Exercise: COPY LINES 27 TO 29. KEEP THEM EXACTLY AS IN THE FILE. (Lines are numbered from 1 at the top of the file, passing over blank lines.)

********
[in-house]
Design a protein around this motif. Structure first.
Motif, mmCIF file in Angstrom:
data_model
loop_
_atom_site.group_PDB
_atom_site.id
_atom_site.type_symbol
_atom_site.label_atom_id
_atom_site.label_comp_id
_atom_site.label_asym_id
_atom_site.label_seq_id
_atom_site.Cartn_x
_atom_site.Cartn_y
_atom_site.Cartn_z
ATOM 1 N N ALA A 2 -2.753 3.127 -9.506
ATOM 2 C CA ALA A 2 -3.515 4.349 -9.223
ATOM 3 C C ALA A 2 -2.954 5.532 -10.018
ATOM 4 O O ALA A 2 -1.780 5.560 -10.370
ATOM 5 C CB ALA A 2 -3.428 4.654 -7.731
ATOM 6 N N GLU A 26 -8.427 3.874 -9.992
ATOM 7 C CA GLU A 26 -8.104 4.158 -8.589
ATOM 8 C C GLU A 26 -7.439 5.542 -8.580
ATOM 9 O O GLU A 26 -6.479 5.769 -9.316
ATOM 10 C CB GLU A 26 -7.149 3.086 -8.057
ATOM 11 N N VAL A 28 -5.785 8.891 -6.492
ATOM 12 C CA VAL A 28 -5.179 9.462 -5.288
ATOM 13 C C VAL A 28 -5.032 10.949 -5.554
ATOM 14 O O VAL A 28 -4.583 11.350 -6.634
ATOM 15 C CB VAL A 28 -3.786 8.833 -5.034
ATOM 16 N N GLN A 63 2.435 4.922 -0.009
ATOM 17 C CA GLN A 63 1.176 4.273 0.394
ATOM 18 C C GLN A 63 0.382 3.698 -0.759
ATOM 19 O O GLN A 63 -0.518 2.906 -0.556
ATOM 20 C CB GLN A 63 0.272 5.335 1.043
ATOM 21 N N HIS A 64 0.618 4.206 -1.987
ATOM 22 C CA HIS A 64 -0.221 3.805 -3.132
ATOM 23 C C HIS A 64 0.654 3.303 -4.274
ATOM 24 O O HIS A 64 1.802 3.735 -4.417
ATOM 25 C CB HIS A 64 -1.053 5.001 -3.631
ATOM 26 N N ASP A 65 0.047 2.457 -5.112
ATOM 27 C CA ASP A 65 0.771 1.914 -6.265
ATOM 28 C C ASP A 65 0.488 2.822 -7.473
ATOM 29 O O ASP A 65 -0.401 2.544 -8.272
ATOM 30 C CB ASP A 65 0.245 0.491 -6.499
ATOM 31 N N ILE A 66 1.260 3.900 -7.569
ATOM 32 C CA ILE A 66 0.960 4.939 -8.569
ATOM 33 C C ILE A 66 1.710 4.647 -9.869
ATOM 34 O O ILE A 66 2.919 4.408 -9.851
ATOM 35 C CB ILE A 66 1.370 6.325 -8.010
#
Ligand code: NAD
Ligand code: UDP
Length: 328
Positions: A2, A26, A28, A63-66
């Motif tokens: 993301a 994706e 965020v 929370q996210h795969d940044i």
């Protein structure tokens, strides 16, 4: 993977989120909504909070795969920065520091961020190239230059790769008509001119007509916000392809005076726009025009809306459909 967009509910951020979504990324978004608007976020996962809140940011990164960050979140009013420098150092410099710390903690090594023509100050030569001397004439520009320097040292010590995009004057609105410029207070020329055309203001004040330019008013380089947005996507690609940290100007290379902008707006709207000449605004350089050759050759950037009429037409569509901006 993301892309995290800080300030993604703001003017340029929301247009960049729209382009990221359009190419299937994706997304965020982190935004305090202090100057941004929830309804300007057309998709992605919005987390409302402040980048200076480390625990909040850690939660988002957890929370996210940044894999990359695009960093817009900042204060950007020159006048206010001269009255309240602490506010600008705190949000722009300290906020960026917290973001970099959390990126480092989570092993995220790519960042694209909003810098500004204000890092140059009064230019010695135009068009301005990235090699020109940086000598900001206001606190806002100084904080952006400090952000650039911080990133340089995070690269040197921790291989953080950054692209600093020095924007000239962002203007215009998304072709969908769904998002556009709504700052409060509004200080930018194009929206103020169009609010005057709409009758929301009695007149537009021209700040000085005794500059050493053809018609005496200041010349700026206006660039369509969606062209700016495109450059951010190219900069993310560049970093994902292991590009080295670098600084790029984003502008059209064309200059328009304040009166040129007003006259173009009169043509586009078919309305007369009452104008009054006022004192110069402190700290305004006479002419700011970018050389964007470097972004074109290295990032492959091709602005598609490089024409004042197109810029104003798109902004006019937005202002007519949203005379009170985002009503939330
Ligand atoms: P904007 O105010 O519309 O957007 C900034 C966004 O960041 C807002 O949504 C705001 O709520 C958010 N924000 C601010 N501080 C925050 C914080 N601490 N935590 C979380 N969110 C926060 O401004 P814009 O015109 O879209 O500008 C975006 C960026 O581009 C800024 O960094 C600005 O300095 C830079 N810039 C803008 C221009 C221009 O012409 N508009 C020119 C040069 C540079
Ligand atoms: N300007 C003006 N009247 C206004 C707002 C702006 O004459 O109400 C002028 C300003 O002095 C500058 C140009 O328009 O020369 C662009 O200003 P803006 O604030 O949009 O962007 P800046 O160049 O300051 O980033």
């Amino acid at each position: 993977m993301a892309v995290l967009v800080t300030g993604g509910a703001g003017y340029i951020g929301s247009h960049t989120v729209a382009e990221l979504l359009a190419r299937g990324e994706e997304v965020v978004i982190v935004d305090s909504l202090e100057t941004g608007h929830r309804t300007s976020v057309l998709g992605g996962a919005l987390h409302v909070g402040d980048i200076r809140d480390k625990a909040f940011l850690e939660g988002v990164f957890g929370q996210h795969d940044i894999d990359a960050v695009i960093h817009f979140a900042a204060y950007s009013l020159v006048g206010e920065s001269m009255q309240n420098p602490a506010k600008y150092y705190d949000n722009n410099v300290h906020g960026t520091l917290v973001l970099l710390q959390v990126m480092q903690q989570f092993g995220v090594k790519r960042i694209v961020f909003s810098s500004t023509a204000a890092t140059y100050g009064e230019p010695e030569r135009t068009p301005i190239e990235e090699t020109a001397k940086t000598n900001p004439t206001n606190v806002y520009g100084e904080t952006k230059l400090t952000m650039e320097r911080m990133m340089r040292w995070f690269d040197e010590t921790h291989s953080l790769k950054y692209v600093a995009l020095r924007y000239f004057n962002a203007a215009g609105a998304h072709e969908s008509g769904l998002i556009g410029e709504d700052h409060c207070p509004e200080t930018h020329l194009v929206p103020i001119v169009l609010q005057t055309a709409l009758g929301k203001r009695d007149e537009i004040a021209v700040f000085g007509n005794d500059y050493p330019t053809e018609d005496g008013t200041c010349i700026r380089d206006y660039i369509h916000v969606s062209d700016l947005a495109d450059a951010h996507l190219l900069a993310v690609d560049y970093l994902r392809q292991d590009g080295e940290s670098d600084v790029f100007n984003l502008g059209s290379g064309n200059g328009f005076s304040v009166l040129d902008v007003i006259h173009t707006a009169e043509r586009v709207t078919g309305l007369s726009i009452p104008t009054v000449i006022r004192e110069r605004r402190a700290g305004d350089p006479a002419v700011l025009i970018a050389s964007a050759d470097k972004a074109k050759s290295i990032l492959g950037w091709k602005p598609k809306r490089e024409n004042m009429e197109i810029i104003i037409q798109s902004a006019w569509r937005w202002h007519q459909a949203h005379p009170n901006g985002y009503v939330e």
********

ATOM 12 C CA VAL A 28 -5.179 9.462 -5.288
ATOM 13 C C VAL A 28 -5.032 10.949 -5.554
ATOM 14 O O VAL A 28 -4.583 11.350 -6.634